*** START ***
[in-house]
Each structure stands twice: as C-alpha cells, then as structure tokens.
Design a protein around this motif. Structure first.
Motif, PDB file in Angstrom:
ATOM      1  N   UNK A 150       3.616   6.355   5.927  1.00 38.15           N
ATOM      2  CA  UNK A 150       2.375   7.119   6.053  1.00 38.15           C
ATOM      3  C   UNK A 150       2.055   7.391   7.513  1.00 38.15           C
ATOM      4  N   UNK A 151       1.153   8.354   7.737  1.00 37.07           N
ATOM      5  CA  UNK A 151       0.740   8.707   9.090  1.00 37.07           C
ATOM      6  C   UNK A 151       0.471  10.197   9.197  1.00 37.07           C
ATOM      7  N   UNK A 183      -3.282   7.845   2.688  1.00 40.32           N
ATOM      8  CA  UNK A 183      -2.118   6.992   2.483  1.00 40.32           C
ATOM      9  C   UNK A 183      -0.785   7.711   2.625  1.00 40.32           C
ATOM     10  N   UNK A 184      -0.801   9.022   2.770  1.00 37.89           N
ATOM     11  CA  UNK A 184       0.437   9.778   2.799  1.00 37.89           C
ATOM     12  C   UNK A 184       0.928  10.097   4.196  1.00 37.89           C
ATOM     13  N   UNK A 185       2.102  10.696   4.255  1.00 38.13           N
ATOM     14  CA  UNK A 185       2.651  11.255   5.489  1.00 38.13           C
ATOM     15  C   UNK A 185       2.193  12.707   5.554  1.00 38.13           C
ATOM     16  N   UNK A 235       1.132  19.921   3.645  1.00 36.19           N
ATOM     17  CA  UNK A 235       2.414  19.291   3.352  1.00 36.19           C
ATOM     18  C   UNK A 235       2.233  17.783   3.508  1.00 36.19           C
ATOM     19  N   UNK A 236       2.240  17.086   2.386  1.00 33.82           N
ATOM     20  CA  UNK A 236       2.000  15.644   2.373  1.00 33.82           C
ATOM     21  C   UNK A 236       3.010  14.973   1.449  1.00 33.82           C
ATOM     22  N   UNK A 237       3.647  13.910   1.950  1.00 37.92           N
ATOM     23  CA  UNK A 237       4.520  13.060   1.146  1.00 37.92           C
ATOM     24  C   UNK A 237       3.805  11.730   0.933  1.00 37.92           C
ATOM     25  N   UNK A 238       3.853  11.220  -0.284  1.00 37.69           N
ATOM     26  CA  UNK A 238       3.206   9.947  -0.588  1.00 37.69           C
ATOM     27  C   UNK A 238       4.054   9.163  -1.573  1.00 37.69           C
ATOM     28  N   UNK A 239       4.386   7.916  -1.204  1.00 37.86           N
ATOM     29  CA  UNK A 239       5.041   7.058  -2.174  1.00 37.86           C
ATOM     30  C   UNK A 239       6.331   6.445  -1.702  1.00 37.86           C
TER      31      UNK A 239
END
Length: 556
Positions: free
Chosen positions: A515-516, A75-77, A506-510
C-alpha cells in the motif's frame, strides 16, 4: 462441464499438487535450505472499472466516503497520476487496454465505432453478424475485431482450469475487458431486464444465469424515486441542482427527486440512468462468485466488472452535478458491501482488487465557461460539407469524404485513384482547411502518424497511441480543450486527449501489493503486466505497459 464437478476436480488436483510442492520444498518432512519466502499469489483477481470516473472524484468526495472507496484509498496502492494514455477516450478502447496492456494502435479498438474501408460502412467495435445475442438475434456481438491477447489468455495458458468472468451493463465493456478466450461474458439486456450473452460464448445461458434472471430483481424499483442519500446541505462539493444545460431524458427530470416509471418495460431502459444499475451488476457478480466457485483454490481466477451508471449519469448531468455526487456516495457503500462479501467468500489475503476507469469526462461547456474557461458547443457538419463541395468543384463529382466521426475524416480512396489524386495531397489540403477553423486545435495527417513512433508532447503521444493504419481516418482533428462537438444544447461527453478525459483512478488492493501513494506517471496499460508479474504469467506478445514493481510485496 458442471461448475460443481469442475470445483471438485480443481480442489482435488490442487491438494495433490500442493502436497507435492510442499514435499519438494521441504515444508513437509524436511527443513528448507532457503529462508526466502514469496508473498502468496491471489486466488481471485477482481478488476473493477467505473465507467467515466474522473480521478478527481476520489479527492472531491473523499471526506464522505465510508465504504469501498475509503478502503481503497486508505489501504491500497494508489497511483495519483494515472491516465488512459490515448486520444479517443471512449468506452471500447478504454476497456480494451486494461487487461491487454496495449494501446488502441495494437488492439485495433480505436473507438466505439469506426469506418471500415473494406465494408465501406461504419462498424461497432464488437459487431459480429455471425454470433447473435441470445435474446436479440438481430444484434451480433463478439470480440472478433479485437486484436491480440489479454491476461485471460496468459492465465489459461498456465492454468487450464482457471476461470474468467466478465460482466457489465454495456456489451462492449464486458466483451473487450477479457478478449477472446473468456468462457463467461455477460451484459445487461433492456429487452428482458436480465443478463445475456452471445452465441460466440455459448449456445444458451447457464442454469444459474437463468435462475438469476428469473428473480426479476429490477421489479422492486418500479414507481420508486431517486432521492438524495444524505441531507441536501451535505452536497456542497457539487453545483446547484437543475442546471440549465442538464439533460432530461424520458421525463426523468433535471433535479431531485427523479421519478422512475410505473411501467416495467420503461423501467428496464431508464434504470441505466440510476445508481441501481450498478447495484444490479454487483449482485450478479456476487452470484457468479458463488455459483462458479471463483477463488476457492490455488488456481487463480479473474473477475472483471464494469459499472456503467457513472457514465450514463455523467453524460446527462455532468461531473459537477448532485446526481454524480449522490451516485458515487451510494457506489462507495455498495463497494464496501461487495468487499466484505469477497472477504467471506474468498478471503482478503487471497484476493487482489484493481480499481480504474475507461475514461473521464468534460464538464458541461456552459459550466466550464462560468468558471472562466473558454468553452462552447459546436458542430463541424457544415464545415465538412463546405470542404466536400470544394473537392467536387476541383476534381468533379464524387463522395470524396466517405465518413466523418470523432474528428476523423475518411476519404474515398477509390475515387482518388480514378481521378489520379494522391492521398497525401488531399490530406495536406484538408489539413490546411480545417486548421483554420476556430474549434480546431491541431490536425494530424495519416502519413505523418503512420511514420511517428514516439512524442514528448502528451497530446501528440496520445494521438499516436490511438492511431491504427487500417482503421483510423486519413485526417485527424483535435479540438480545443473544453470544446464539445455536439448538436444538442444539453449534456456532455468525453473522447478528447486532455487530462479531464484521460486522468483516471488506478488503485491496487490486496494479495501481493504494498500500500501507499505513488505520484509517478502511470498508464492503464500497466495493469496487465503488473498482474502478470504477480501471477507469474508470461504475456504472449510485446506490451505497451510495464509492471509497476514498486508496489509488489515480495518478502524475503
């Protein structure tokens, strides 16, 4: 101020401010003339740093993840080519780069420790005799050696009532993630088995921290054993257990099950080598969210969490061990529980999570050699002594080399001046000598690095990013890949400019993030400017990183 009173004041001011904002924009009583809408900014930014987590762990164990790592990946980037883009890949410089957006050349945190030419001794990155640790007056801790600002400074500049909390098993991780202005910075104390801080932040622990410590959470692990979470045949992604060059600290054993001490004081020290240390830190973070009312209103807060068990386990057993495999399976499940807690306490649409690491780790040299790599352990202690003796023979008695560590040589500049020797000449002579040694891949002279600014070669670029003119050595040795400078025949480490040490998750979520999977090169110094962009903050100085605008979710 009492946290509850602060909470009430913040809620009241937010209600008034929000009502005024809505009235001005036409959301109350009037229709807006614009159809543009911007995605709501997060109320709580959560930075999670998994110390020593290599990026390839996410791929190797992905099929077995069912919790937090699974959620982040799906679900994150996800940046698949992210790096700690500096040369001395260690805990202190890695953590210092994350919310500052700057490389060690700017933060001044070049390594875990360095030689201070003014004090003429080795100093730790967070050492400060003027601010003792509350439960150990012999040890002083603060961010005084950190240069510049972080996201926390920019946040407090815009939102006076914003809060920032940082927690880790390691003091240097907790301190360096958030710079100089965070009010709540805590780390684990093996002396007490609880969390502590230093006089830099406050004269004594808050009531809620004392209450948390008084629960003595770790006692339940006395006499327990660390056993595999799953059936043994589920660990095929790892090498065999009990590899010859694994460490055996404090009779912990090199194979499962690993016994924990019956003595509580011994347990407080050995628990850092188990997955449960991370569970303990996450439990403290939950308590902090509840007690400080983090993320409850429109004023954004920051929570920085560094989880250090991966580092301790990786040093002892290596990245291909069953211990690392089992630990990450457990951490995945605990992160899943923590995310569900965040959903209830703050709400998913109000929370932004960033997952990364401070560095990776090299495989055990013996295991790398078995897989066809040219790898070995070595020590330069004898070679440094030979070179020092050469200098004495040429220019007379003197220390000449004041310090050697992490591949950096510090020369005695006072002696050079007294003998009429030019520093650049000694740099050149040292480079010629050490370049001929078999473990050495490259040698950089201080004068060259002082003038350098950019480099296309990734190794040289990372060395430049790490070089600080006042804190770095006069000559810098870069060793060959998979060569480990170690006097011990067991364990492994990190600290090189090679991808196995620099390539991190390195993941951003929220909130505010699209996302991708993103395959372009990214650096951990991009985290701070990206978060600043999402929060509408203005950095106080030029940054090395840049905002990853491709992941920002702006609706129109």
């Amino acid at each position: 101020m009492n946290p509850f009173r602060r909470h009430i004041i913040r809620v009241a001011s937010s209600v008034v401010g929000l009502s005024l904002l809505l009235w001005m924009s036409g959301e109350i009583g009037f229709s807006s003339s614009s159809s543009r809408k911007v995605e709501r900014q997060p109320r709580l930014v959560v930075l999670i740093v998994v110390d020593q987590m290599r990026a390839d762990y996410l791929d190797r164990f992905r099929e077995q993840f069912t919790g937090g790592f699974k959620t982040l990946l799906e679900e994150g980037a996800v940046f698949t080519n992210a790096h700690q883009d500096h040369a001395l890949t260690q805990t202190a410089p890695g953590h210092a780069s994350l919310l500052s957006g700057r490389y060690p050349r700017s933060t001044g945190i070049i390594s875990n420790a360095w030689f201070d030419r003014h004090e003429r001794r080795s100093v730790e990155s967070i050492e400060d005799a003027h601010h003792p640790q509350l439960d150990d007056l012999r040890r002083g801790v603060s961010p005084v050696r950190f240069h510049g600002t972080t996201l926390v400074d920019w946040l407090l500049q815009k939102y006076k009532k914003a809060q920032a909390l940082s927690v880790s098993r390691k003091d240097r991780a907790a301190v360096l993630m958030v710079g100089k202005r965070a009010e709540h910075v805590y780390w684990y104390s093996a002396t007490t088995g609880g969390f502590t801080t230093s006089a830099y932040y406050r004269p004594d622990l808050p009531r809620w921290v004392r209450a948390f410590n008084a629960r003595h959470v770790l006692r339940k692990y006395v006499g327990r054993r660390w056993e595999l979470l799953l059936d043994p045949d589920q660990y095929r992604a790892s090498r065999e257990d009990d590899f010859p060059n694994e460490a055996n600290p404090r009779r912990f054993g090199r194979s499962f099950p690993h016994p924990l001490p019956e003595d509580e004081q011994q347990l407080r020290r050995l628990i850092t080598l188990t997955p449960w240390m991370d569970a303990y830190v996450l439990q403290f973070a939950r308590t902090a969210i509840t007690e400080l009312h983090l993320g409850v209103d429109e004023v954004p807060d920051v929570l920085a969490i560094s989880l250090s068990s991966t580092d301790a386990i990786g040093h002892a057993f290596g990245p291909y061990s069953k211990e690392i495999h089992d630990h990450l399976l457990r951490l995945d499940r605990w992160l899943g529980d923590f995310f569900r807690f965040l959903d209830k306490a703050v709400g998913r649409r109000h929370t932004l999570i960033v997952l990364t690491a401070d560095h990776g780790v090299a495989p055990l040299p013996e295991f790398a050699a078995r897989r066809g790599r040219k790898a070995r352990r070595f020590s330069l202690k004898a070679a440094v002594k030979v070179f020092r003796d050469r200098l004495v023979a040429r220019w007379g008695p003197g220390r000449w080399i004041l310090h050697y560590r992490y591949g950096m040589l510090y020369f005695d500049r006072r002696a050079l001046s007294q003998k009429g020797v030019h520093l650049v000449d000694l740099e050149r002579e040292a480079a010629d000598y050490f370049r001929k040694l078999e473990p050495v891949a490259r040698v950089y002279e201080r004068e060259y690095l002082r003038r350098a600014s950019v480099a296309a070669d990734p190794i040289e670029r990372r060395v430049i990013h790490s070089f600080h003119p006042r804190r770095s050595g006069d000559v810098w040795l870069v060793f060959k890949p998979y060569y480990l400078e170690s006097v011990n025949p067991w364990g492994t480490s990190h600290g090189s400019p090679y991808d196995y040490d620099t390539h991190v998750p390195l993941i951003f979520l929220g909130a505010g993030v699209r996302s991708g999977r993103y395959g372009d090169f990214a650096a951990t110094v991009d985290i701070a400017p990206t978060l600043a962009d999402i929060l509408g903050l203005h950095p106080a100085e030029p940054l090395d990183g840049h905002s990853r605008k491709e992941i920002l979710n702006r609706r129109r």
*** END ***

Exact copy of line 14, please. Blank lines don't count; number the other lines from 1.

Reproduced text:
ATOM     10  N   UNK A 184      -0.801   9.022   2.770  1.00 37.89           N